A major review done on Tamiflu has suggested that the drug does more harm than good. This has prompted the health regulator, NICE, to initiate their own review of the product.
The drug was provided to thousands of people during the swine flu pandemic. It has since been discovered that it could cause headaches, nausea, vomiting, kidney and psychiatric problems, and only achieves a 16-hour shortening of the illness.
During January, the government was asked not to spend any more funds on the drug until its effectiveness was proven. However, the Department of Health has admitted that it has committed to an additional £50 million to maintain its stockpile.
A spokesperson for the National Institute for Clinical Health and Excellence (NICE) stated that they do regular reviews on their guidance and the Tamiflu guidance will be reviewed as regards the prevention and treatment of flu. This will be done bearing in mind the updated review done by the Cochrane Collaboration, which will form part of the NICE review. This will allow NICE to make the decision as to whether they should update their guidance on the drug.
A review of the clinical trials of the drug found evidence that it does not prevent admission to hospital or stop the spread of the illness.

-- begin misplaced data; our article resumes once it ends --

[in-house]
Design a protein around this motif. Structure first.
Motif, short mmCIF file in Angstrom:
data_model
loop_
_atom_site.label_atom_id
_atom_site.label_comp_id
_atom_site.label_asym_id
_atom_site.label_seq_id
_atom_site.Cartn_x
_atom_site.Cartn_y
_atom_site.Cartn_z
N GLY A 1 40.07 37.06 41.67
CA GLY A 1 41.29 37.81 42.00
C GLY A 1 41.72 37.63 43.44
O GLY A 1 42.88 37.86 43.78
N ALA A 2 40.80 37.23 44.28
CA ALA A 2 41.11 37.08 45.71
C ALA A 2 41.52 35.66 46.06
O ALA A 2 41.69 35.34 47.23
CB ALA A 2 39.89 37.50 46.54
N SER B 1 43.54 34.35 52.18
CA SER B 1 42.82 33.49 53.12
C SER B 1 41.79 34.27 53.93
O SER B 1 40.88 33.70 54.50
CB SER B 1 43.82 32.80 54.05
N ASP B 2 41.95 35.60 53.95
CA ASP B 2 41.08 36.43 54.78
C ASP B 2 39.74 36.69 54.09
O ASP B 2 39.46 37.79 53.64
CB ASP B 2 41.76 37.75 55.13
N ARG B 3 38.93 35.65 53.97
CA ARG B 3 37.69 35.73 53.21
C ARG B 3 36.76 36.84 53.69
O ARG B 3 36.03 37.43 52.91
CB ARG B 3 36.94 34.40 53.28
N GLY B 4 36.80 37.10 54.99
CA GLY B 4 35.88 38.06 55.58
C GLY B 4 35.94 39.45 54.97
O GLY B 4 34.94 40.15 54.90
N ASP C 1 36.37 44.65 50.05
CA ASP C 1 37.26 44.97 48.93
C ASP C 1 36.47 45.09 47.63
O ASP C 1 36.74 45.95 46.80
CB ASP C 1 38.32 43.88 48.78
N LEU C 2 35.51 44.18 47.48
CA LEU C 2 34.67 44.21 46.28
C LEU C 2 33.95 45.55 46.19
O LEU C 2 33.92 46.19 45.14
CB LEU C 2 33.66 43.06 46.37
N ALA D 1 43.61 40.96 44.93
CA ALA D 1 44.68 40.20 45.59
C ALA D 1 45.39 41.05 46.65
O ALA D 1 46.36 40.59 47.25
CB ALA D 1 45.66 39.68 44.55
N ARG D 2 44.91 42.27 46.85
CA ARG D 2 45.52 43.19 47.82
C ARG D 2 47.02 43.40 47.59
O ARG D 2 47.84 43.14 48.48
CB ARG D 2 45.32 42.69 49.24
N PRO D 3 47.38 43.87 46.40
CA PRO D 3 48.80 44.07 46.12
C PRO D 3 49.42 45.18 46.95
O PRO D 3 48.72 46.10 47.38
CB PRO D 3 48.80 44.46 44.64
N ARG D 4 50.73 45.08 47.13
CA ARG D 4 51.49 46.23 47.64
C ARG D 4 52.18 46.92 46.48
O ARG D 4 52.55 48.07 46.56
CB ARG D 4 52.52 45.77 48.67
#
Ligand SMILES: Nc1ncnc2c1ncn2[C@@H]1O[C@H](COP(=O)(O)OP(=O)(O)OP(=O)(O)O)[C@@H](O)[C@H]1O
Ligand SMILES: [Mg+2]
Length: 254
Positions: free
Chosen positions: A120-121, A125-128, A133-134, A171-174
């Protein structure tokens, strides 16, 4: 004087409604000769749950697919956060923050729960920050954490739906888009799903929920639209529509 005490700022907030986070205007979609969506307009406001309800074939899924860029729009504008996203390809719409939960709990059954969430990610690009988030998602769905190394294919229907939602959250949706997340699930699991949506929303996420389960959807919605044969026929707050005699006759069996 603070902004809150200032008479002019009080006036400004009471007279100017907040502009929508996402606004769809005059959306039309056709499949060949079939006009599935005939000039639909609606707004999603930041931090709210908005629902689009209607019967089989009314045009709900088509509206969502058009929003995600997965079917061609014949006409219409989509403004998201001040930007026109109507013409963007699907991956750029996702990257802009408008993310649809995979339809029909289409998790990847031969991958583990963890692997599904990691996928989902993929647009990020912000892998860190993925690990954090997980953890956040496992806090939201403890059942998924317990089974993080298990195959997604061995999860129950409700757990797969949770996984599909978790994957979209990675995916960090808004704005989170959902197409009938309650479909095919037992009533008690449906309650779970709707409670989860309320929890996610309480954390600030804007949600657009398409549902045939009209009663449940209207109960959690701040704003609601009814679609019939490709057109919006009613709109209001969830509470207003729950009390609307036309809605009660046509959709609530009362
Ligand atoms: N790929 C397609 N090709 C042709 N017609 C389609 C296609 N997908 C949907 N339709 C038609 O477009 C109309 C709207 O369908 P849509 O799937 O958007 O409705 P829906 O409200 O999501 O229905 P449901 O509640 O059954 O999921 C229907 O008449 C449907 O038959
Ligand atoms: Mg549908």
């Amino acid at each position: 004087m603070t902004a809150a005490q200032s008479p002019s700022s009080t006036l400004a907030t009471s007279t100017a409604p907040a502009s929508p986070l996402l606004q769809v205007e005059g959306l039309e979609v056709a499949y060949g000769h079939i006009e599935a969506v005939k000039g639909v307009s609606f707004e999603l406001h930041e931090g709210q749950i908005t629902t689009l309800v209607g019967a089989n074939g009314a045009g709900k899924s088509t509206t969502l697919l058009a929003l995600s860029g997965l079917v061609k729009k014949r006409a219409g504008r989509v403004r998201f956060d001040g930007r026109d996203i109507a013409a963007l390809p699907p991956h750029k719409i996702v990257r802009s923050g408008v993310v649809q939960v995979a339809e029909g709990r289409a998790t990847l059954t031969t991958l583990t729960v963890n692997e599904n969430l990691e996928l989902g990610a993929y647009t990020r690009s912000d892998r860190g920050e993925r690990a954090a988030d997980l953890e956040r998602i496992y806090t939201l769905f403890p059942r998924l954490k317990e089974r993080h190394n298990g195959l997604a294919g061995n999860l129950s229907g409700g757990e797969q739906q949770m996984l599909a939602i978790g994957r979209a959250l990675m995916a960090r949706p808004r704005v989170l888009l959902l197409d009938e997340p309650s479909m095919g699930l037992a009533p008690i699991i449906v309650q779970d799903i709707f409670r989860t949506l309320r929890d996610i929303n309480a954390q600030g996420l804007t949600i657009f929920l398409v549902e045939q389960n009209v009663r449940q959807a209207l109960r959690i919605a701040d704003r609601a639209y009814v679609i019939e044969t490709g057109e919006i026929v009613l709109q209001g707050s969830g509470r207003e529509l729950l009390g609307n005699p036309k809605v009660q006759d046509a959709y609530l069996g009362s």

According to statistics, it was found that eight children in Japan who took the drug committed suicide after they suffered psychotic incidences. The drug has stopped some individuals from producing an adequate number of antibodies required to fight infection.
The Swiss drug company, Roche, claimed that their trials had indicated the drug would reduce the number of hospital admissions, as well as complications, such as sinusitis, bronchitis and pneumonia. Based on these results, the Department of Health made the decision to purchase about 40 million doses of the drug at an overall cost of £424 million. Tamiflu was prescribed to about 240,000 people.
The Cochrane Collaboration claims that Roche provided false impressions of the drug’s effectiveness. The said that these claims were based on unfinished and ‘sloppy science.’
The stockpiling of this drug proved controversial during last year. It was found that 6.5 million doses of the drug, worth about £74 million was to be destroyed because inefficient record maintenance indicated that no checks had been done to determine if it was being stored at the recommended temperature.
There are health experts who believe it would be very dangerous to discard the only defence they currently have against a pandemic.
The Chair in Influenza Virology at Imperial College London, Professor Wendy Barclay stated that there would be a public outcry if there was a pandemic tomorrow and the government had no medication to offer thousands of infected people. She stated that the drug reduced the time it took for adults to feel better by about a day and healthy children experienced the same time period.
One day may not appear to be very long, but when one considers that the illness lasts six days, it is.
Roche has refuted the claims made in the report.
Image credit: Tony Hisgett